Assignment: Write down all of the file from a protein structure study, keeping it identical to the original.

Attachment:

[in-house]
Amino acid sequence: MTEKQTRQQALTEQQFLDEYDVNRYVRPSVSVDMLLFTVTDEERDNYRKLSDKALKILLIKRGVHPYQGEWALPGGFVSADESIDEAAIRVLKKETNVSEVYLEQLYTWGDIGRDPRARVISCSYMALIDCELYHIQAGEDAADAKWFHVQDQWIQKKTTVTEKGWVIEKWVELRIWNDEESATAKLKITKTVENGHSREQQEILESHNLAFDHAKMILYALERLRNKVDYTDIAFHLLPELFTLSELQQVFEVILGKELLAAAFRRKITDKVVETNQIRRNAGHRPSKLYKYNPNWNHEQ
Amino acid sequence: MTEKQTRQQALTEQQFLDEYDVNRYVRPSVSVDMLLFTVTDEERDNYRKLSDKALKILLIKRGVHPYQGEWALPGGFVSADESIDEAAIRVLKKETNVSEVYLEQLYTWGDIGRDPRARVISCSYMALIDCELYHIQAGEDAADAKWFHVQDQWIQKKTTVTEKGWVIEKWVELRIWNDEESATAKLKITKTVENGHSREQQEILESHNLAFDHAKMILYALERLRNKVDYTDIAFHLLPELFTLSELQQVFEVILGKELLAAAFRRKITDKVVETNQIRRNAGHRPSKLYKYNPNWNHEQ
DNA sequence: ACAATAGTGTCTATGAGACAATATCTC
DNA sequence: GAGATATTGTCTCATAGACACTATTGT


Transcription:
[in-house]
Amino acid sequence: MTEKQTRQQALTEQQFLDEYDVNRYVRPSVSVDMLLFTVTDEERDNYRKLSDKALKILLIKRGVHPYQGEWALPGGFVSADESIDEAAIRVLKKETNVSEVYLEQLYTWGDIGRDPRARVISCSYMALIDCELYHIQAGEDAADAKWFHVQDQWIQKKTTVTEKGWVIEKWVELRIWNDEESATAKLKITKTVENGHSREQQEILESHNLAFDHAKMILYALERLRNKVDYTDIAFHLLPELFTLSELQQVFEVILGKELLAAAFRRKITDKVVETNQIRRNAGHRPSKLYKYNPNWNHEQ
Amino acid sequence: MTEKQTRQQALTEQQFLDEYDVNRYVRPSVSVDMLLFTVTDEERDNYRKLSDKALKILLIKRGVHPYQGEWALPGGFVSADESIDEAAIRVLKKETNVSEVYLEQLYTWGDIGRDPRARVISCSYMALIDCELYHIQAGEDAADAKWFHVQDQWIQKKTTVTEKGWVIEKWVELRIWNDEESATAKLKITKTVENGHSREQQEILESHNLAFDHAKMILYALERLRNKVDYTDIAFHLLPELFTLSELQQVFEVILGKELLAAAFRRKITDKVVETNQIRRNAGHRPSKLYKYNPNWNHEQ
DNA sequence: ACAATAGTGTCTATGAGACAATATCTC
DNA sequence: GAGATATTGTCTCATAGACACTATTGT